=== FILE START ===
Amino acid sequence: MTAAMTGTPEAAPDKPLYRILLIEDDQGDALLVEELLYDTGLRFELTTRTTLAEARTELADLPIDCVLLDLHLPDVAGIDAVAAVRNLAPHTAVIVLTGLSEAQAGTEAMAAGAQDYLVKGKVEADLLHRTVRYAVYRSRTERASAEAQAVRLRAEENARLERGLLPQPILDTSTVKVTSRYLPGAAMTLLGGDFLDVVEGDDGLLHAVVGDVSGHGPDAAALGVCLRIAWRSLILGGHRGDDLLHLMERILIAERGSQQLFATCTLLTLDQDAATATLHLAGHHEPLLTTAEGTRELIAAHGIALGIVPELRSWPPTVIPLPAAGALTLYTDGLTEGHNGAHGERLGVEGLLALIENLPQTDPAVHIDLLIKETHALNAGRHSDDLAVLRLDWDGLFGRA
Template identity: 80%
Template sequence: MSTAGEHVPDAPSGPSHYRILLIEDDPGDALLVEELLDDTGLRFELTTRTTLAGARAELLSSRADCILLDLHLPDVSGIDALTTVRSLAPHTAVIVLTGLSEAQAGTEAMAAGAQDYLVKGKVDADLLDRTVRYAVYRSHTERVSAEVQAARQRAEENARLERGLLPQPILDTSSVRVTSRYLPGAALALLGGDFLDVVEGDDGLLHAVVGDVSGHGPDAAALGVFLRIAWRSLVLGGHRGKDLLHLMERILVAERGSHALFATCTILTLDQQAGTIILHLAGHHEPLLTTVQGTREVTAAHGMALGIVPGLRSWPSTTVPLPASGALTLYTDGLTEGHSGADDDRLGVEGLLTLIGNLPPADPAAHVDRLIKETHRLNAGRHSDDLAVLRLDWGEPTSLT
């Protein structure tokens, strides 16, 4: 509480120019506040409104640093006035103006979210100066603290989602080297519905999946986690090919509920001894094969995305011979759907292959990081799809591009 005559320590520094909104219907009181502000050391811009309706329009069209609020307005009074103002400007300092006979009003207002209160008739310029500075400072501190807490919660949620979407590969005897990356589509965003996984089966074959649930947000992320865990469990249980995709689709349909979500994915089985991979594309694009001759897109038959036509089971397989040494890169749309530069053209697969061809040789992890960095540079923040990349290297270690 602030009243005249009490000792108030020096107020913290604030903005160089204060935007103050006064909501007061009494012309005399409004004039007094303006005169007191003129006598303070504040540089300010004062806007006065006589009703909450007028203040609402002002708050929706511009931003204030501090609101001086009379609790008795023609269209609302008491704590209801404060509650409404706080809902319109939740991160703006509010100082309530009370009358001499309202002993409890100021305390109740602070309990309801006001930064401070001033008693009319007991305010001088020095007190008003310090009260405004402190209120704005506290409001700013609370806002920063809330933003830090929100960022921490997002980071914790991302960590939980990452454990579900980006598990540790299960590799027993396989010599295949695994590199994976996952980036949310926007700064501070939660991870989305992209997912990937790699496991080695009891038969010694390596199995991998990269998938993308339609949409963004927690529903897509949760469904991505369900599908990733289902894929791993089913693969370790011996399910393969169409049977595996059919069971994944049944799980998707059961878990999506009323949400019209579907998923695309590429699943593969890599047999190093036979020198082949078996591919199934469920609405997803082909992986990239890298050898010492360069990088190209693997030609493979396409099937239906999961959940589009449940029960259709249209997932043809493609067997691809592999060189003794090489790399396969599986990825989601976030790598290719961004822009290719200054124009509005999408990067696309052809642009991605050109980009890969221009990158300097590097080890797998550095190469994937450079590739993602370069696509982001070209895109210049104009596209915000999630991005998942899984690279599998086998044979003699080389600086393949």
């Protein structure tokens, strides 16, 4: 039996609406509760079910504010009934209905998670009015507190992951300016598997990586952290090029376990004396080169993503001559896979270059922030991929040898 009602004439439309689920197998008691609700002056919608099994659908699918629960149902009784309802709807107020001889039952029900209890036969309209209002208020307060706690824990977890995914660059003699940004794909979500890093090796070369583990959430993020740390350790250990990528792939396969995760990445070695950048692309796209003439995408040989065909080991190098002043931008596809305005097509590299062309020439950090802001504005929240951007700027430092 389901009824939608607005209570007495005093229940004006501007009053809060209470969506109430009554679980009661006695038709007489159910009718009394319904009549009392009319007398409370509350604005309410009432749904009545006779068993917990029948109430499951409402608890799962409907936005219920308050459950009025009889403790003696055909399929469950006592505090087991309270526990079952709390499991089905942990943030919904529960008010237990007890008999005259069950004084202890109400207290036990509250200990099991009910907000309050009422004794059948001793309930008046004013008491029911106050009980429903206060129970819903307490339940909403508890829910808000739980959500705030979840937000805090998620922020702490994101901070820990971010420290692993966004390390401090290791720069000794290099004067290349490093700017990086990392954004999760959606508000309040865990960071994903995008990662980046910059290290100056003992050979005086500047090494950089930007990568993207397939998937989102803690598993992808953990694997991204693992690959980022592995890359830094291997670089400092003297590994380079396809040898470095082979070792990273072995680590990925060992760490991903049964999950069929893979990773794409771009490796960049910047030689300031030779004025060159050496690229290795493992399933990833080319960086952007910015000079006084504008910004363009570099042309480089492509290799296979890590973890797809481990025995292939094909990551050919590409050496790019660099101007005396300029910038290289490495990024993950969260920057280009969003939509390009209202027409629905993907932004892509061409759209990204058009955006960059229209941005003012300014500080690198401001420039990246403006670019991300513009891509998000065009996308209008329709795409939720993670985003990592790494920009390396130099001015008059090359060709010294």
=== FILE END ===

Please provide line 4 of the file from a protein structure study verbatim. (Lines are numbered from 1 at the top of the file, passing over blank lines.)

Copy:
């Protein structure tokens, strides 16, 4: 509480120019506040409104640093006035103006979210100066603290989602080297519905999946986690090919509920001894094969995305011979759907292959990081799809591009 005559320590520094909104219907009181502000050391811009309706329009069209609020307005009074103002400007300092006979009003207002209160008739310029500075400072501190807490919660949620979407590969005897990356589509965003996984089966074959649930947000992320865990469990249980995709689709349909979500994915089985991979594309694009001759897109038959036509089971397989040494890169749309530069053209697969061809040789992890960095540079923040990349290297270690 602030009243005249009490000792108030020096107020913290604030903005160089204060935007103050006064909501007061009494012309005399409004004039007094303006005169007191003129006598303070504040540089300010004062806007006065006589009703909450007028203040609402002002708050929706511009931003204030501090609101001086009379609790008795023609269209609302008491704590209801404060509650409404706080809902319109939740991160703006509010100082309530009370009358001499309202002993409890100021305390109740602070309990309801006001930064401070001033008693009319007991305010001088020095007190008003310090009260405004402190209120704005506290409001700013609370806002920063809330933003830090929100960022921490997002980071914790991302960590939980990452454990579900980006598990540790299960590799027993396989010599295949695994590199994976996952980036949310926007700064501070939660991870989305992209997912990937790699496991080695009891038969010694390596199995991998990269998938993308339609949409963004927690529903897509949760469904991505369900599908990733289902894929791993089913693969370790011996399910393969169409049977595996059919069971994944049944799980998707059961878990999506009323949400019209579907998923695309590429699943593969890599047999190093036979020198082949078996591919199934469920609405997803082909992986990239890298050898010492360069990088190209693997030609493979396409099937239906999961959940589009449940029960259709249209997932043809493609067997691809592999060189003794090489790399396969599986990825989601976030790598290719961004822009290719200054124009509005999408990067696309052809642009991605050109980009890969221009990158300097590097080890797998550095190469994937450079590739993602370069696509982001070209895109210049104009596209915000999630991005998942899984690279599998086998044979003699080389600086393949």